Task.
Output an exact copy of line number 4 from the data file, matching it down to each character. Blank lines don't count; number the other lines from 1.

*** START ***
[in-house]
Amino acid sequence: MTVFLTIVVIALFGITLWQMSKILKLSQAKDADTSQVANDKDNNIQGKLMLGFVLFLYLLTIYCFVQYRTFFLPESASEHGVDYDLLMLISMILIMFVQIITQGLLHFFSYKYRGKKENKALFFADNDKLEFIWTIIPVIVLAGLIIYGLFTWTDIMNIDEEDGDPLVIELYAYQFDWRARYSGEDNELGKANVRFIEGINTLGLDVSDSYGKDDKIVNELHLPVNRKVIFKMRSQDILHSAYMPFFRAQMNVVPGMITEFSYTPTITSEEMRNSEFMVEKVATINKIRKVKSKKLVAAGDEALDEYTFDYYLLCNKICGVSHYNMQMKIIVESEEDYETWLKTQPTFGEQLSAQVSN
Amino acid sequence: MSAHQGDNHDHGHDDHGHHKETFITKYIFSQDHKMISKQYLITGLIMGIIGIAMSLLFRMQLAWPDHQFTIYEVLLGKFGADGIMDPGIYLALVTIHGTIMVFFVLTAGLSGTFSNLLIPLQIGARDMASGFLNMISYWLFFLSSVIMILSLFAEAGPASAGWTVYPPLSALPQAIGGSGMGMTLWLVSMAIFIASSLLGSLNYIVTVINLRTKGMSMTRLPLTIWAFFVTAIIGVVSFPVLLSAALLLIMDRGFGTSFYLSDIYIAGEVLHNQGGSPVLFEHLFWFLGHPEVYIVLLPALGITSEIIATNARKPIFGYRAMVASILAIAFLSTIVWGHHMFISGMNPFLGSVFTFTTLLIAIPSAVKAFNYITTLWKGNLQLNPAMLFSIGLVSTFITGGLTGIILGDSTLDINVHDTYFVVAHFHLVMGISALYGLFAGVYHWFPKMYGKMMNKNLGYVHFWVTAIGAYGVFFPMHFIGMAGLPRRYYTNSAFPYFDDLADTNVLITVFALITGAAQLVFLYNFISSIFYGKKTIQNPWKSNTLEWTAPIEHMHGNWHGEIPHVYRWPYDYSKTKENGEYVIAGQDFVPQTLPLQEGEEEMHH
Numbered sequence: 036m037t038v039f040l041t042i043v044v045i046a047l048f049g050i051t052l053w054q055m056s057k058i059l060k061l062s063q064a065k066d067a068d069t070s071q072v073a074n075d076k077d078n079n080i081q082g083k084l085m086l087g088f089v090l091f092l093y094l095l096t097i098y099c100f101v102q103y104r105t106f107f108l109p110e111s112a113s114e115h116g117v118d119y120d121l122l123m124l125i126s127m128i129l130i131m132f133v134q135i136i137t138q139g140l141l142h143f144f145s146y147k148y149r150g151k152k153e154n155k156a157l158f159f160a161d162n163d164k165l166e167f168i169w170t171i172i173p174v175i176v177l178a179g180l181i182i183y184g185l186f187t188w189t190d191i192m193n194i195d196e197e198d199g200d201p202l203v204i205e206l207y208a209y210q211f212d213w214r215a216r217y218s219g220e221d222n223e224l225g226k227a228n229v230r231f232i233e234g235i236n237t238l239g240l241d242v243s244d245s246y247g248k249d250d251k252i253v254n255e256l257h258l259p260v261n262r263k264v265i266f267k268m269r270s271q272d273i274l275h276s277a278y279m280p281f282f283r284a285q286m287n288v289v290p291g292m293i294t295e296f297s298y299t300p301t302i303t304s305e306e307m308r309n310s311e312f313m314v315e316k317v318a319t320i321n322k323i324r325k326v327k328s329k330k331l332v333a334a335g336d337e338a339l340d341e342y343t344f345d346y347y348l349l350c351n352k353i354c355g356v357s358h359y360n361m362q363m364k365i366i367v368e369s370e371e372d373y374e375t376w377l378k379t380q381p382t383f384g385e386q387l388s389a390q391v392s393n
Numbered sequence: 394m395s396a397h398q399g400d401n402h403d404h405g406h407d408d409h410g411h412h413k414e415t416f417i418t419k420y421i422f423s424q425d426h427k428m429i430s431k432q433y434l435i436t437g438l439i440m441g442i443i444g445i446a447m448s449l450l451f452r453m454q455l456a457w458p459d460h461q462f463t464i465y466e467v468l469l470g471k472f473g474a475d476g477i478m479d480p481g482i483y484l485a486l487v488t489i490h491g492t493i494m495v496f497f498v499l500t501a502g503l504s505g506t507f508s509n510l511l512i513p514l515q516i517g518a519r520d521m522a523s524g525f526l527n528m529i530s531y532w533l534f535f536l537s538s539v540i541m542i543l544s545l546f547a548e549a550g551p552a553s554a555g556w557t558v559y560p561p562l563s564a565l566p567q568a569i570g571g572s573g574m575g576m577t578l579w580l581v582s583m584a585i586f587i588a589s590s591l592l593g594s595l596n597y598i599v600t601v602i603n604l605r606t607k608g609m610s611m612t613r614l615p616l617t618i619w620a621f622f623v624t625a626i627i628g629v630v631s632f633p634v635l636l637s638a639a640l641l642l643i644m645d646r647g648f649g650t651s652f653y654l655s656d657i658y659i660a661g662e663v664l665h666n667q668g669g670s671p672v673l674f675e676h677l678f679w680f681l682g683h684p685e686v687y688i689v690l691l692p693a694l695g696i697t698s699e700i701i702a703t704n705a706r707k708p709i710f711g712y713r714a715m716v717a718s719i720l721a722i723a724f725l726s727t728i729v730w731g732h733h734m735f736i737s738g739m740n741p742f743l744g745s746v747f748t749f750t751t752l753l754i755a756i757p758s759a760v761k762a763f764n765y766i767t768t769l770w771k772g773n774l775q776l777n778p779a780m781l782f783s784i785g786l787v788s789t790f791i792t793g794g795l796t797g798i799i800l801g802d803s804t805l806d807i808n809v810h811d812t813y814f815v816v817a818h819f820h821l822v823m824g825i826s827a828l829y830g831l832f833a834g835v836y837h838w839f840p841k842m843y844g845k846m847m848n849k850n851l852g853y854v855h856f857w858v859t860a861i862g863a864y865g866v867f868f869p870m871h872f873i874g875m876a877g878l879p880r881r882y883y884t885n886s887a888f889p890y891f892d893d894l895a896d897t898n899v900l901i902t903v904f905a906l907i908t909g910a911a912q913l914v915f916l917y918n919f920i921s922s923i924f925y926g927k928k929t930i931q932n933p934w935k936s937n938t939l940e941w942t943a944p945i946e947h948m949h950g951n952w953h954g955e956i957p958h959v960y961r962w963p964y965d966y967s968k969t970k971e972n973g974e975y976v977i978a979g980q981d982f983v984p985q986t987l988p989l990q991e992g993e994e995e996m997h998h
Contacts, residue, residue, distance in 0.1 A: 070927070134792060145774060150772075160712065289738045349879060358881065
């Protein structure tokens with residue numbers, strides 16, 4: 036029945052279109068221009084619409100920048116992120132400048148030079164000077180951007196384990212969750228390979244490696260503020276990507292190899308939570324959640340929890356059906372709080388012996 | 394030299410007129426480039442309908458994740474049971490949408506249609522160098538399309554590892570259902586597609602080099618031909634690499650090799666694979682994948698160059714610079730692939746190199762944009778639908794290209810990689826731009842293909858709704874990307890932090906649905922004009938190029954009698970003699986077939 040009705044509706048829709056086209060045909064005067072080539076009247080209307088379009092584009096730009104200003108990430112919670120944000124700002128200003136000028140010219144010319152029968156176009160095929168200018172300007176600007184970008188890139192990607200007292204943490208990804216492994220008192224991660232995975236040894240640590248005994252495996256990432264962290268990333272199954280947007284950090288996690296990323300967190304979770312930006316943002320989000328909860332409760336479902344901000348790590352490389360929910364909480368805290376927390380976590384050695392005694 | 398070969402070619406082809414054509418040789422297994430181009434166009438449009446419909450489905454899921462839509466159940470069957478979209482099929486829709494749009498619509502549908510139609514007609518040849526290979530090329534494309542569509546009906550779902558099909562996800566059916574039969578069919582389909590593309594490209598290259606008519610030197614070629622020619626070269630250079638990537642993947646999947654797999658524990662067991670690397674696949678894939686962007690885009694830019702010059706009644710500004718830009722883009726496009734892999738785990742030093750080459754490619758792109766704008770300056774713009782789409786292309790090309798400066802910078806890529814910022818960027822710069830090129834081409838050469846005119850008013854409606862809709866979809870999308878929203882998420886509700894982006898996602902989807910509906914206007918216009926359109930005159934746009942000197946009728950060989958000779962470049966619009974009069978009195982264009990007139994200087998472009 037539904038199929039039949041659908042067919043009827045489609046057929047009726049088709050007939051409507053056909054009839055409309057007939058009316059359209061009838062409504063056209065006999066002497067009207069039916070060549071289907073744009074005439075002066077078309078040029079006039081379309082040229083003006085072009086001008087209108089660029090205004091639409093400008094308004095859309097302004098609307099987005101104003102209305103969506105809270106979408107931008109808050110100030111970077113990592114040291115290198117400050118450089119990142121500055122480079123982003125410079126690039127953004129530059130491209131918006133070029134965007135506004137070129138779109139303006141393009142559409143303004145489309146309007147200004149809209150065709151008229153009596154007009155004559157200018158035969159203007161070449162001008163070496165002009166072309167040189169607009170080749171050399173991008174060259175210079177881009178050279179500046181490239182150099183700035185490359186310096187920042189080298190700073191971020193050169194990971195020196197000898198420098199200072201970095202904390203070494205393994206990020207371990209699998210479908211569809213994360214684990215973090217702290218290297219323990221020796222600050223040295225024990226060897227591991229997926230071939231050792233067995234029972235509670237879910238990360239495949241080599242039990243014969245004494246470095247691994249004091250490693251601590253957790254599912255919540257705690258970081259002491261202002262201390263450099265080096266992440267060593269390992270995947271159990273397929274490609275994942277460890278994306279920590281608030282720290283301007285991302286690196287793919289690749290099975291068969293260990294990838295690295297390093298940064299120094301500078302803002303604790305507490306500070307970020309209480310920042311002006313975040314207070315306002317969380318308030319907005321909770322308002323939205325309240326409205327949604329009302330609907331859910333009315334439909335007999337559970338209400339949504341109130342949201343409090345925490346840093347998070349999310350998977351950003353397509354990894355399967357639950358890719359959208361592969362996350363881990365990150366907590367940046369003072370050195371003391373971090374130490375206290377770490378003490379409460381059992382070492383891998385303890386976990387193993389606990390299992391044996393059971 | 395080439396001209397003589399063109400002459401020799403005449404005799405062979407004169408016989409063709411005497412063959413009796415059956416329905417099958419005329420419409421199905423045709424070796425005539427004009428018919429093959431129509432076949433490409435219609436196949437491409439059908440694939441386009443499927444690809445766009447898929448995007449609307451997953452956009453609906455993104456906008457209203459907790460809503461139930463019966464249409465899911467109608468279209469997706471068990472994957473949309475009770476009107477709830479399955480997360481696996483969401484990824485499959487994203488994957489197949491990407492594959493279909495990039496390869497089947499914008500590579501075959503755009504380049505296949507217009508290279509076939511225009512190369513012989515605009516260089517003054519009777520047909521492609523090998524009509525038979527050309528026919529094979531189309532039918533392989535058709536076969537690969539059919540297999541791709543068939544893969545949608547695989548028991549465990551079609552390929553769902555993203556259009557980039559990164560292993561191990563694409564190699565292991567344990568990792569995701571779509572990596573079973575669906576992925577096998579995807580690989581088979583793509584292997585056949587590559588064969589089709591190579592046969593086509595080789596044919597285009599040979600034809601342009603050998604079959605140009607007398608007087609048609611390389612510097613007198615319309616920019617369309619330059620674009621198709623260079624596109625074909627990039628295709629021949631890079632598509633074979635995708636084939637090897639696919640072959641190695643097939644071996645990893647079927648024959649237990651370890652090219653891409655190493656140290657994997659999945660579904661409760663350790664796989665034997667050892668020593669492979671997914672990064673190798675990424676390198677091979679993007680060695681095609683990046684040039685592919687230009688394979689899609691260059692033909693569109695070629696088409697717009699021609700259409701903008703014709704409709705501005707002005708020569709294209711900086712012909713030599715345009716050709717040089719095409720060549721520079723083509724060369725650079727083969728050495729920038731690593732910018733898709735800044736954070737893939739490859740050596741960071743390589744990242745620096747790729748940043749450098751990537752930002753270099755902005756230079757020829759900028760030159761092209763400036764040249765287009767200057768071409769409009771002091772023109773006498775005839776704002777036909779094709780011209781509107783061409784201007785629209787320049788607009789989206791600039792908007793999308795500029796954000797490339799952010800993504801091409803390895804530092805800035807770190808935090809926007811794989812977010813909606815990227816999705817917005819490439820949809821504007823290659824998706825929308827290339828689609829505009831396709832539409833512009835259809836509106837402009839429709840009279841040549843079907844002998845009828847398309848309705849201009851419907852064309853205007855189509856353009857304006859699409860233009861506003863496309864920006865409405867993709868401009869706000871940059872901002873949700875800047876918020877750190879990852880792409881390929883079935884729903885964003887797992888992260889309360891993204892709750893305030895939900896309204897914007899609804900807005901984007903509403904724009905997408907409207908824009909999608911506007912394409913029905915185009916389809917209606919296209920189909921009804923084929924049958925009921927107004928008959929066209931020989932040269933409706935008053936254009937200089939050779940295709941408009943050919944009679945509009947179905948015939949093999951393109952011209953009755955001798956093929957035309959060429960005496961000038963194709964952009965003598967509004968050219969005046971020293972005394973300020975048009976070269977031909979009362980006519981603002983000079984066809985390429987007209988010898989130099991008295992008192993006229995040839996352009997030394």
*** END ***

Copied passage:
Numbered sequence: 036m037t038v039f040l041t042i043v044v045i046a047l048f049g050i051t052l053w054q055m056s057k058i059l060k061l062s063q064a065k066d067a068d069t070s071q072v073a074n075d076k077d078n079n080i081q082g083k084l085m086l087g088f089v090l091f092l093y094l095l096t097i098y099c100f101v102q103y104r105t106f107f108l109p110e111s112a113s114e115h116g117v118d119y120d121l122l123m124l125i126s127m128i129l130i131m132f133v134q135i136i137t138q139g140l141l142h143f144f145s146y147k148y149r150g151k152k153e154n155k156a157l158f159f160a161d162n163d164k165l166e167f168i169w170t171i172i173p174v175i176v177l178a179g180l181i182i183y184g185l186f187t188w189t190d191i192m193n194i195d196e197e198d199g200d201p202l203v204i205e206l207y208a209y210q211f212d213w214r215a216r217y218s219g220e221d222n223e224l225g226k227a228n229v230r231f232i233e234g235i236n237t238l239g240l241d242v243s244d245s246y247g248k249d250d251k252i253v254n255e256l257h258l259p260v261n262r263k264v265i266f267k268m269r270s271q272d273i274l275h276s277a278y279m280p281f282f283r284a285q286m287n288v289v290p291g292m293i294t295e296f297s298y299t300p301t302i303t304s305e306e307m308r309n310s311e312f313m314v315e316k317v318a319t320i321n322k323i324r325k326v327k328s329k330k331l332v333a334a335g336d337e338a339l340d341e342y343t344f345d346y347y348l349l350c351n352k353i354c355g356v357s358h359y360n361m362q363m364k365i366i367v368e369s370e371e372d373y374e375t376w377l378k379t380q381p382t383f384g385e386q387l388s389a390q391v392s393n